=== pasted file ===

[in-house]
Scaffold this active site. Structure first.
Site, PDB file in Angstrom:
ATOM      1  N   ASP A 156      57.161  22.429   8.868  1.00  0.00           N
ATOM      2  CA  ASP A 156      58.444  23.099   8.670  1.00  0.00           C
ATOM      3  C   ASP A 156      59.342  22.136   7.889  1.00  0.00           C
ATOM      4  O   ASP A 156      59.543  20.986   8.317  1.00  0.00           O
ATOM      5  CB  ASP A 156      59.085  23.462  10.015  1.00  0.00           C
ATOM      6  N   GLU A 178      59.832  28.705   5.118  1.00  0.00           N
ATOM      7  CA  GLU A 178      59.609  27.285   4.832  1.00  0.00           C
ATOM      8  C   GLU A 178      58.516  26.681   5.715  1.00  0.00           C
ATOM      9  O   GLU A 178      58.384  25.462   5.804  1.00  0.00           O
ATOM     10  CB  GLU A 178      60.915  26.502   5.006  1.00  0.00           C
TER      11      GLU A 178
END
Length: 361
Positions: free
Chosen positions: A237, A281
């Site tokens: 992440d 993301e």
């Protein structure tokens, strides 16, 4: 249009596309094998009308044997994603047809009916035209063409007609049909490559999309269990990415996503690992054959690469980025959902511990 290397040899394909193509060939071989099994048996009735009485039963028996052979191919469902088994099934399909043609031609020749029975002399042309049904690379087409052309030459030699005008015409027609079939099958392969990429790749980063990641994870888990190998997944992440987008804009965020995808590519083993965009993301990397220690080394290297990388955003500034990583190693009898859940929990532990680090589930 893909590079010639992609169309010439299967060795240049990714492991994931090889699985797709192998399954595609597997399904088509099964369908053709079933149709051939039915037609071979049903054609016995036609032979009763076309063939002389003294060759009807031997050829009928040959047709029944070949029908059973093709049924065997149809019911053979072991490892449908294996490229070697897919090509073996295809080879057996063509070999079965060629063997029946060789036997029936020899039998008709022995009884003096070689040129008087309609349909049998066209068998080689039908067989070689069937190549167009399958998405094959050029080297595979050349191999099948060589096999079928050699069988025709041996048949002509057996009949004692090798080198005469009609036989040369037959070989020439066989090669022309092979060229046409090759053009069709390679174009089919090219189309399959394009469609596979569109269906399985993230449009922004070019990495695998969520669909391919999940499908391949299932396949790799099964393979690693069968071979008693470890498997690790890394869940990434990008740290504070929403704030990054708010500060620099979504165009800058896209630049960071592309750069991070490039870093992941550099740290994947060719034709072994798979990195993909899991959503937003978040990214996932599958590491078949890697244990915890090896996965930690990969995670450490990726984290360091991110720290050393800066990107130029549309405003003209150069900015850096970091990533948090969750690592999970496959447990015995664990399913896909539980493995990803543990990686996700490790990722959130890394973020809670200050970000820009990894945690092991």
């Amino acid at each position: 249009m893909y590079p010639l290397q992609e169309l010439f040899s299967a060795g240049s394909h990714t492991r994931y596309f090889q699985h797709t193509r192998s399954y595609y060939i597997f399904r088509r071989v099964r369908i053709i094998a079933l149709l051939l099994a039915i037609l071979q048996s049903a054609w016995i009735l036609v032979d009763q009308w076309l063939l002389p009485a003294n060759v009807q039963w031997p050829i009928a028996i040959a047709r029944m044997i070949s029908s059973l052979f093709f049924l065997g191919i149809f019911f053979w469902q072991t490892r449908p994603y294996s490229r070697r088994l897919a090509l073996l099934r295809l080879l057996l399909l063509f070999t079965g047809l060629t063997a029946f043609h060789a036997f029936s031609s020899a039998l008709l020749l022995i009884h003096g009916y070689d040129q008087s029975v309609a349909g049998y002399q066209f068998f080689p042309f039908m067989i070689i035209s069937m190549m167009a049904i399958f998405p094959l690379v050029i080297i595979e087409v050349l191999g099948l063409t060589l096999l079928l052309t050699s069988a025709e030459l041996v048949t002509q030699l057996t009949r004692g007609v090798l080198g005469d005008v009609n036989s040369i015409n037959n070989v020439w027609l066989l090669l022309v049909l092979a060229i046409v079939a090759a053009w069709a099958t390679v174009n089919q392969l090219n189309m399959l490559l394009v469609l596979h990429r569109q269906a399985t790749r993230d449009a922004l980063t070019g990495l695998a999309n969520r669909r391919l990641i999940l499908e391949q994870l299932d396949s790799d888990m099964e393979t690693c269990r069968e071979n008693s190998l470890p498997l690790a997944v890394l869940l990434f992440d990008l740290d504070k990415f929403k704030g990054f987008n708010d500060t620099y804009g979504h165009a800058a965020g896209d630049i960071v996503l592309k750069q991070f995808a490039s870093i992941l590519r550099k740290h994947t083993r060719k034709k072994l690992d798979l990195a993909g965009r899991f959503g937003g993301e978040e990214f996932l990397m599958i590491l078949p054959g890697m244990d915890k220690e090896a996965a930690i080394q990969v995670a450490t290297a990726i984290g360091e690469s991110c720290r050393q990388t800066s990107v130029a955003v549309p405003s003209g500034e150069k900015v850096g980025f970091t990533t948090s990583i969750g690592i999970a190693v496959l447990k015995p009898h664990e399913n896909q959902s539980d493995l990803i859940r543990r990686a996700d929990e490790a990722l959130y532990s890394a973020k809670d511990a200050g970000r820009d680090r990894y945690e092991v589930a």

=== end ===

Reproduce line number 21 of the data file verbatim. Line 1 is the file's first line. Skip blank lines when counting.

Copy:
């Amino acid at each position: 249009m893909y590079p010639l290397q992609e169309l010439f040899s299967a060795g240049s394909h990714t492991r994931y596309f090889q699985h797709t193509r192998s399954y595609y060939i597997f399904r088509r071989v099964r369908i053709i094998a079933l149709l051939l099994a039915i037609l071979q048996s049903a054609w016995i009735l036609v032979d009763q009308w076309l063939l002389p009485a003294n060759v009807q039963w031997p050829i009928a028996i040959a047709r029944m044997i070949s029908s059973l052979f093709f049924l065997g191919i149809f019911f053979w469902q072991t490892r449908p994603y294996s490229r070697r088994l897919a090509l073996l099934r295809l080879l057996l399909l063509f070999t079965g047809l060629t063997a029946f043609h060789a036997f029936s031609s020899a039998l008709l020749l022995i009884h003096g009916y070689d040129q008087s029975v309609a349909g049998y002399q066209f068998f080689p042309f039908m067989i070689i035209s069937m190549m167009a049904i399958f998405p094959l690379v050029i080297i595979e087409v050349l191999g099948l063409t060589l096999l079928l052309t050699s069988a025709e030459l041996v048949t002509q030699l057996t009949r004692g007609v090798l080198g005469d005008v009609n036989s040369i015409n037959n070989v020439w027609l066989l090669l022309v049909l092979a060229i046409v079939a090759a053009w069709a099958t390679v174009n089919q392969l090219n189309m399959l490559l394009v469609l596979h990429r569109q269906a399985t790749r993230d449009a922004l980063t070019g990495l695998a999309n969520r669909r391919l990641i999940l499908e391949q994870l299932d396949s790799d888990m099964e393979t690693c269990r069968e071979n008693s190998l470890p498997l690790a997944v890394l869940l990434f992440d990008l740290d504070k990415f929403k704030g990054f987008n708010d500060t620099y804009g979504h165009a800058a965020g896209d630049i960071v996503l592309k750069q991070f995808a490039s870093i992941l590519r550099k740290h994947t083993r060719k034709k072994l690992d798979l990195a993909g965009r899991f959503g937003g993301e978040e990214f996932l990397m599958i590491l078949p054959g890697m244990d915890k220690e090896a996965a930690i080394q990969v995670a450490t290297a990726i984290g360091e690469s991110c720290r050393q990388t800066s990107v130029a955003v549309p405003s003209g500034e150069k900015v850096g980025f970091t990533t948090s990583i969750g690592i999970a190693v496959l447990k015995p009898h664990e399913n896909q959902s539980d493995l990803i859940r543990r990686a996700d929990e490790a990722l959130y532990s890394a973020k809670d511990a200050g970000r820009d680090r990894y945690e092991v589930a």